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New and Notable Product Design 12511

DN Staff

September 22, 2003

5 Min Read
New and Notable Product Design


Orca Gear(TM) Jacket with Float Tech(TM) Liner.

While automatically inflating personal flotation devices exist, they're not frequently used because they are bulky, restrict movement, and are often ugly, notes CTO Michael Lobsinger. Orca Gear developers looked to meet safety needs and regulatory approval with a lightweight attractive package-a rip-stop nylon jacket and a similar zip-in liner, containing a coated, UV-stable polyurethane self-inflating bladder, that can be worn by itself in warmer weather. Lobsinger says engineers adapted the liner more from the apparel industry than from previous inflatables. He notes for example, a traditional square bladder neither fits nor lays well around the shoulder. Thus designers used a 15 degrees apparel-style cut from the shoulder out and down to the waist, for both comfort and style. CTO:Michael Lobsinger, [email protected] (www.orcagear.com) Enter 576


R&D Innovative Product Designers Ride-On Carry-On. Simplicity is key to this fold-up carrier that fits on any 18-22-inch high rolling luggage to hold a child weighing up to 40 lbs. A nylon strap, rather than frame structure, holds the carrier to the luggage, notes inventor Darryl Lenz. The headrest can be repositioned to form a tray table for food or toys during long waits. Rather than hinges that fold the table down, simple plastic brackets with holes allow the table to pop out from the upper position and into the lower. Hinge motion would have been obstructed by a child's head, thus requiring removing and reseating the child in the now more confined seat. VPDarryl Lenz, [email protected] (www.rideoncarryon.com) Enter 577


Trek Bikes Madone 5.9. Because of tight clearances and weight-limit regulations, engineers designing Lance Armstrong's bike for this year's Tour de France had little room for improvement. But trimming weight in the carbon composite frame from the lugs for the seat, head (handle bar), and pedals cut 0.09 lb (4%) to 2.43 lbs net-with no loss of strength or stiffness and, most importantly, feel. Along with aerodynamic fairings on the seat and head tubes, Lance could maintain the equivalent pace on this year's bike vs. last year's bike using less power (290W vs. 300W power output). How important is such an improvement? That translates to a gain of a minute over a 200-km race stage-just below his overall winning margin of 1 min 16 sec this year. And because development is so costly, Lance's bike serves as the first production example for the Madone 5.9 line available this fall. Head of Product Development:John Riley, (www.trekbikes.com) Enter 578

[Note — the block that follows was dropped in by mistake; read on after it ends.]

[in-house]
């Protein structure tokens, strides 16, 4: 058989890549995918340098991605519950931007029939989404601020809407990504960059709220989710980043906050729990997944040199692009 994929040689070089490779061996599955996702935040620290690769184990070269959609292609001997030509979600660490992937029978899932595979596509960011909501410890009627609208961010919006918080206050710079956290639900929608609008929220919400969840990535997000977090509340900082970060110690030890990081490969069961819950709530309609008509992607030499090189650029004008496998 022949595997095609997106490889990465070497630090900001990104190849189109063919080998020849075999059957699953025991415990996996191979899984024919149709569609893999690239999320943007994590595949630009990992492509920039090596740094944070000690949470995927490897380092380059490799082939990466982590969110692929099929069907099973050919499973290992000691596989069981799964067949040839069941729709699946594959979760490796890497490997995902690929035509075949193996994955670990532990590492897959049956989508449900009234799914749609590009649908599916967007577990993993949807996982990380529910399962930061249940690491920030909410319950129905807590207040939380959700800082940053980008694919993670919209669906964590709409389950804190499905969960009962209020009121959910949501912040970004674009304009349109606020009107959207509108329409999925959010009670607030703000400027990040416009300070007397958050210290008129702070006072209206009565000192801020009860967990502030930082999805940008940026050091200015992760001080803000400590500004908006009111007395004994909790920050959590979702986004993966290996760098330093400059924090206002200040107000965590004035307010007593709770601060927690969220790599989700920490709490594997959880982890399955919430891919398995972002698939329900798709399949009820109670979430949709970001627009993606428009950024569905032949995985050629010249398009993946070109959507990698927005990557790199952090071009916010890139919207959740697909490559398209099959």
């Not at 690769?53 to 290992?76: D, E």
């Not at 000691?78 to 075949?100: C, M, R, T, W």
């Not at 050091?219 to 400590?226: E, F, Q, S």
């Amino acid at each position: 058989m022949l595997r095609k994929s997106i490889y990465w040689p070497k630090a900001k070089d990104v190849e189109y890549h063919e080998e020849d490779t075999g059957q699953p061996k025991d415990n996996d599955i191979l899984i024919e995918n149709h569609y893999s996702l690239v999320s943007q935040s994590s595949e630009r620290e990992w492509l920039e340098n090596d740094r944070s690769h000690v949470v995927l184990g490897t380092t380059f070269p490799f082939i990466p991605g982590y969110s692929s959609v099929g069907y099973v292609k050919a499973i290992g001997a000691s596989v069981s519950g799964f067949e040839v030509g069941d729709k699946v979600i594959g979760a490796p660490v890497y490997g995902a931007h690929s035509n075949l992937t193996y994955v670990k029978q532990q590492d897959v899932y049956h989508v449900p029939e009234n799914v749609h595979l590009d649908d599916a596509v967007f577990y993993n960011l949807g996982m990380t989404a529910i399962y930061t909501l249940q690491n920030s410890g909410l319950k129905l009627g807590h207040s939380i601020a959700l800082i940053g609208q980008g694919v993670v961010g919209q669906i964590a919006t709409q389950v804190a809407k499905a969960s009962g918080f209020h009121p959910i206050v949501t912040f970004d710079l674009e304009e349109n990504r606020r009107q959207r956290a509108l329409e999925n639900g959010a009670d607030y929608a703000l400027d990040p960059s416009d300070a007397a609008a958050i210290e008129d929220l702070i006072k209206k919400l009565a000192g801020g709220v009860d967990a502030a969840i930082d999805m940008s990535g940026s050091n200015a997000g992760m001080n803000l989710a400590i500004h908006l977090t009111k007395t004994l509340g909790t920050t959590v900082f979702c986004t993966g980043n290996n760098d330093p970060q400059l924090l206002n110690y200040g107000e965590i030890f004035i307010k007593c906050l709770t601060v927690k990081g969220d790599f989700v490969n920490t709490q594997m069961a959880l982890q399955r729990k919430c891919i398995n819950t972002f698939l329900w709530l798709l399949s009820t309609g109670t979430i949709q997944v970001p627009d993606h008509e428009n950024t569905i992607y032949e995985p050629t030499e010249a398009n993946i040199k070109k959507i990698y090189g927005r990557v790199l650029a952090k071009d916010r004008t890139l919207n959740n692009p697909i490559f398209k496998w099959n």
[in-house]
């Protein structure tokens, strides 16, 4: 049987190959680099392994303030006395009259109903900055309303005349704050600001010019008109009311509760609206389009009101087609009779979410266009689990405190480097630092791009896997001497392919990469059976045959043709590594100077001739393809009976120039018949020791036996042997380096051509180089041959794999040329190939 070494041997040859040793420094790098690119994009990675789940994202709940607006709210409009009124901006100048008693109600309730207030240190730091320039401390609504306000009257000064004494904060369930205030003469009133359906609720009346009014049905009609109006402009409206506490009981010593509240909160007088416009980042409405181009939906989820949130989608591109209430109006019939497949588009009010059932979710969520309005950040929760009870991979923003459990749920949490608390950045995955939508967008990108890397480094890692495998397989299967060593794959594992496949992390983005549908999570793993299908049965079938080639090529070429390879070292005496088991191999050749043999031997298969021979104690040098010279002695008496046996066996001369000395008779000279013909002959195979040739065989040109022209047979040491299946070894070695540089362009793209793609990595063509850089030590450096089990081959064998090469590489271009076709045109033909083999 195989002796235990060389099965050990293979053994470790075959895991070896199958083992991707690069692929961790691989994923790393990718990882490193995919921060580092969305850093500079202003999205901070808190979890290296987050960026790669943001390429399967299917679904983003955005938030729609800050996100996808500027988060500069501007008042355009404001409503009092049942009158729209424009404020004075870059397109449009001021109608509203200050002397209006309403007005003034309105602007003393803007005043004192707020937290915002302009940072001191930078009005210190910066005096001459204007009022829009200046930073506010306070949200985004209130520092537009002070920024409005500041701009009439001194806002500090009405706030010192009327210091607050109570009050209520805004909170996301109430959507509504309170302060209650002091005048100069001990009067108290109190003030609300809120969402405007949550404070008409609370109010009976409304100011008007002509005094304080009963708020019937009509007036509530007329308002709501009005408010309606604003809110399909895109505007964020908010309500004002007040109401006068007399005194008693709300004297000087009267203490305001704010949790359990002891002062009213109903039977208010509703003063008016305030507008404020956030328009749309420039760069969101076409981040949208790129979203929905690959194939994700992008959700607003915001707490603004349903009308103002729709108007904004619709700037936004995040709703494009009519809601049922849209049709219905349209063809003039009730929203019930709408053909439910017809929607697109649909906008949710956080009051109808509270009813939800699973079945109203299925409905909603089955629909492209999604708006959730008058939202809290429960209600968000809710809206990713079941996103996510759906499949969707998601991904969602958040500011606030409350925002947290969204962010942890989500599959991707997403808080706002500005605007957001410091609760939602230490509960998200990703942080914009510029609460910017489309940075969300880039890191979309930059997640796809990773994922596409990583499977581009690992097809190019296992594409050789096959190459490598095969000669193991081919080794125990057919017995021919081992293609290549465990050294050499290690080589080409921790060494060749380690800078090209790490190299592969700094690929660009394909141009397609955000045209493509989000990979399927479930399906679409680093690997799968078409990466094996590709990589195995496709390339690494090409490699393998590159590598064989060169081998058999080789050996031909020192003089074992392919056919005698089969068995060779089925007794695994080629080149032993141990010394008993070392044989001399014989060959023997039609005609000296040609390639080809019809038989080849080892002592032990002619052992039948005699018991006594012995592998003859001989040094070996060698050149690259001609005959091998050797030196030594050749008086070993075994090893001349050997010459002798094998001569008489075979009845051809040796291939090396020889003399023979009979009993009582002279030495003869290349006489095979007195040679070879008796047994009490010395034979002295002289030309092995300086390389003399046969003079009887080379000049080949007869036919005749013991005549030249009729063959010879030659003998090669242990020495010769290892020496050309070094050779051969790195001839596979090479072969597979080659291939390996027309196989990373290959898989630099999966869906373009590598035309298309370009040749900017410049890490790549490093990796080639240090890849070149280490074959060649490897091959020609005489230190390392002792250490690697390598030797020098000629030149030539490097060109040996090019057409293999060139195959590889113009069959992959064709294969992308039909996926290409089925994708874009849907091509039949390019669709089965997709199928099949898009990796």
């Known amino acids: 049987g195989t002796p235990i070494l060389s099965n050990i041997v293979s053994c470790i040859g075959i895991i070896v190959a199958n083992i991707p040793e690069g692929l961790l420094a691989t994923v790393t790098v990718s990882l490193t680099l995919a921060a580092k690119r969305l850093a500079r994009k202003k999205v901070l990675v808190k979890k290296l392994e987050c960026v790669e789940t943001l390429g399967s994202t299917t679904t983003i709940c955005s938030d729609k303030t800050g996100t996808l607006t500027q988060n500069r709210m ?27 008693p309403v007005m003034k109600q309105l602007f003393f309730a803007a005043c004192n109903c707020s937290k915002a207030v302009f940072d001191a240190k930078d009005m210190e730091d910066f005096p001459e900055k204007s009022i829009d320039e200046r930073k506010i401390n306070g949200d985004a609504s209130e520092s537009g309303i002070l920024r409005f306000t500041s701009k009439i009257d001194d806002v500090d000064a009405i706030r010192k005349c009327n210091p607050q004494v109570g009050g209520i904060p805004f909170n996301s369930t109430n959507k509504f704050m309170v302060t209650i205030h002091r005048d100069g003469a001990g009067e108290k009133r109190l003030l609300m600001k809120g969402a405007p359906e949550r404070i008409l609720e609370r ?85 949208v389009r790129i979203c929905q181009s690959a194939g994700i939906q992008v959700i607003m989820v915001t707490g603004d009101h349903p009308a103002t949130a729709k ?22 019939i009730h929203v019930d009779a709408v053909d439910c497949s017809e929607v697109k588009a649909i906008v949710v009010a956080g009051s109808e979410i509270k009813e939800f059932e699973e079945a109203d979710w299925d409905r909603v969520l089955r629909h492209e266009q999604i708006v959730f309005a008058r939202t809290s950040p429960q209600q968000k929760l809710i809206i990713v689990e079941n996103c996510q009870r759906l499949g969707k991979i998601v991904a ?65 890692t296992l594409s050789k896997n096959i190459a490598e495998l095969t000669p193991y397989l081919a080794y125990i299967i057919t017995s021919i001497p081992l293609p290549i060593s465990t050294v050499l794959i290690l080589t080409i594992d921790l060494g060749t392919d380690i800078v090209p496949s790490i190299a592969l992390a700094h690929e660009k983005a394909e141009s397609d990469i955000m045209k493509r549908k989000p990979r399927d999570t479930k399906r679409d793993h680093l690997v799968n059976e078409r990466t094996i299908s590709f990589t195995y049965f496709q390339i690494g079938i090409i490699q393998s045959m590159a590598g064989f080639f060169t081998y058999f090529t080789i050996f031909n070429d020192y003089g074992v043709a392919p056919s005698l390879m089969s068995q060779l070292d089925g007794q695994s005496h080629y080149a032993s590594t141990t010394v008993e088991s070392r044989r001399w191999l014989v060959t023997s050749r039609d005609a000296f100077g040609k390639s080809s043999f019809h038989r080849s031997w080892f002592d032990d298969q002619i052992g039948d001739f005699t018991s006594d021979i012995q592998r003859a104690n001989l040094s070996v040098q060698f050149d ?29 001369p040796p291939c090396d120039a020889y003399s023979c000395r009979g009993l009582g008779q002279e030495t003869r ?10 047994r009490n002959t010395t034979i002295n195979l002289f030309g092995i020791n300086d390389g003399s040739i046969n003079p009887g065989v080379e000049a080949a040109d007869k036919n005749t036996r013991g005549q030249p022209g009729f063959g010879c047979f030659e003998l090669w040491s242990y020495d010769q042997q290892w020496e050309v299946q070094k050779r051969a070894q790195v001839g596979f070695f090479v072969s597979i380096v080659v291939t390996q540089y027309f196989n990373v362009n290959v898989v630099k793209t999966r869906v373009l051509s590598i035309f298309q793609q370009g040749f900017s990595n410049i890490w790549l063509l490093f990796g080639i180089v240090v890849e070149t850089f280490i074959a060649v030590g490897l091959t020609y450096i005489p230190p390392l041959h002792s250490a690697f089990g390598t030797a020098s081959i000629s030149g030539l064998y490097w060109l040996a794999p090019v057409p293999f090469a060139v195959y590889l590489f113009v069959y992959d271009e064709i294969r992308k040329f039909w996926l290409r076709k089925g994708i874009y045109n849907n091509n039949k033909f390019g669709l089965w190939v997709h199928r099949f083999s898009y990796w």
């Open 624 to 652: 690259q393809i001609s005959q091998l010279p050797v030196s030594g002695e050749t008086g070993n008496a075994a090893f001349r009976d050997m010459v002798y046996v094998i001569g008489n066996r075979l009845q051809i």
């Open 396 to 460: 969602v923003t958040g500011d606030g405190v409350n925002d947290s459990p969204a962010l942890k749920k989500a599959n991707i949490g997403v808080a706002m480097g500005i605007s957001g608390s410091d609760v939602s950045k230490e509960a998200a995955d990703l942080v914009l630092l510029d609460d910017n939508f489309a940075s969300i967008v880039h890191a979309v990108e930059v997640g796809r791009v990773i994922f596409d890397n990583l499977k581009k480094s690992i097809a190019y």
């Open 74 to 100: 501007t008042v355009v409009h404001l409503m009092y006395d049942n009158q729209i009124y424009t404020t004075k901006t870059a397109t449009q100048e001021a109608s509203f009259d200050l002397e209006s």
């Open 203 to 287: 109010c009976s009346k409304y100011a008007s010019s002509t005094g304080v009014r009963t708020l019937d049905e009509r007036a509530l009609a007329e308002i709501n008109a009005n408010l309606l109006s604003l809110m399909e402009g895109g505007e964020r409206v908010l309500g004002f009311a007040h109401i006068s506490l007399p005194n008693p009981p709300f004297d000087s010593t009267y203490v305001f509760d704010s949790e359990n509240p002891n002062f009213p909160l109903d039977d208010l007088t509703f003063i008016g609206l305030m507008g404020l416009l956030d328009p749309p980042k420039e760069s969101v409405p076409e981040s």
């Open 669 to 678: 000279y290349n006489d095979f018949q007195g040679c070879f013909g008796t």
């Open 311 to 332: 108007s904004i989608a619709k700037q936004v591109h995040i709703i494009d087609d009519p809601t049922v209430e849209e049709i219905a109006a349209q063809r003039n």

U.S. Army Soldier Center Marine Corps Lightweight Helmet. The U.S. Marines wanted a lighter, more comfortable helmet with greater ballistic protection-seemingly conflicting requirements. Engineers at the Army's Soldier Center (Natick, MA) modified fiber-reinforced plastic (FRP) helmet construction to resolve those differences. Based on Twaron(R) aramid fiber (www.twaron.com) the helmet is 1/2 lb lighter (15%) than the previous model with improved ballistic protection, which includes resistance to 9-mm rounds not possible before. The Twaron FRP plies are 50% lighter per unit area than previous helmet FRP because of a higher fiber-to-resin ratio for lightness with strength, says Marine Corps Team Leader Jim Mackiewicz. A four-point interior suspension system (up from two) adds stability when running or firing a weapon. And a leather mesh evenly distributes pressure on the head for greater comfort. Marine Corps Team Leader:Jim Mackiewicz, [email protected] (www.natick.army.mil) Enter 579


Links Point GlobalPoint GPS. Minimizing power draw to maximize battery life was critical for engineers partnering with ruggedized industrial PDA supplier Symbol Technologies for its GPS attachment, says Links Point VP, Operations Rick Haylon. For starters, engineers chose the SiRFstar IIe/LP GPS (www.sirf.com) chip set with 50% improvement in power efficiency over previous chips. The set uses an Adaptive TricklePower mode to draw full power only when in demanding GPS environments (fewer satellites in view, obstructions, etc.). In addition, Haylon notes the proprietary methods and algorithms Links Point engineers developed to further battery life and performance. "Continuously processing the heavy stream of GPS data can overwhelm a hand-held device. To further save processing and electric power, we trim what to look at in the data stream and when to look, based on what the user wants to do." VP, Operations:Rick Haylon, [email protected] (www.linkspoint.com) Enter 580


EZPnP EZDigimagic(TM) Digital Imaging Back-up Device. Digital cameras are great-unless you run out of memory while shooting. Rather than buying extra memory cards, the portable and desktop versions of the EZDigimagic directly back up memory cards to a CD-R or -RW (in about three minutes for a 64 Mbyte card). Company engineers developed a 16-bit ASIC processor to "glue" all functions together with a simple, one-button interface, says Senior Electrical Engineer Stanley Hirsh. But, he adds, the greatest challenge was accommodating available flash cards, some of which do not adhere completely to the flash standard. Design revisions, such as reset logic timing and attention to updating the flash adapter with wiring changes necessary to use new media configurations, allow all cards to be used. Senior Electrical Engineer:Stanley Hirsh, [email protected] (www.ezdigimagic.com) Enter 581

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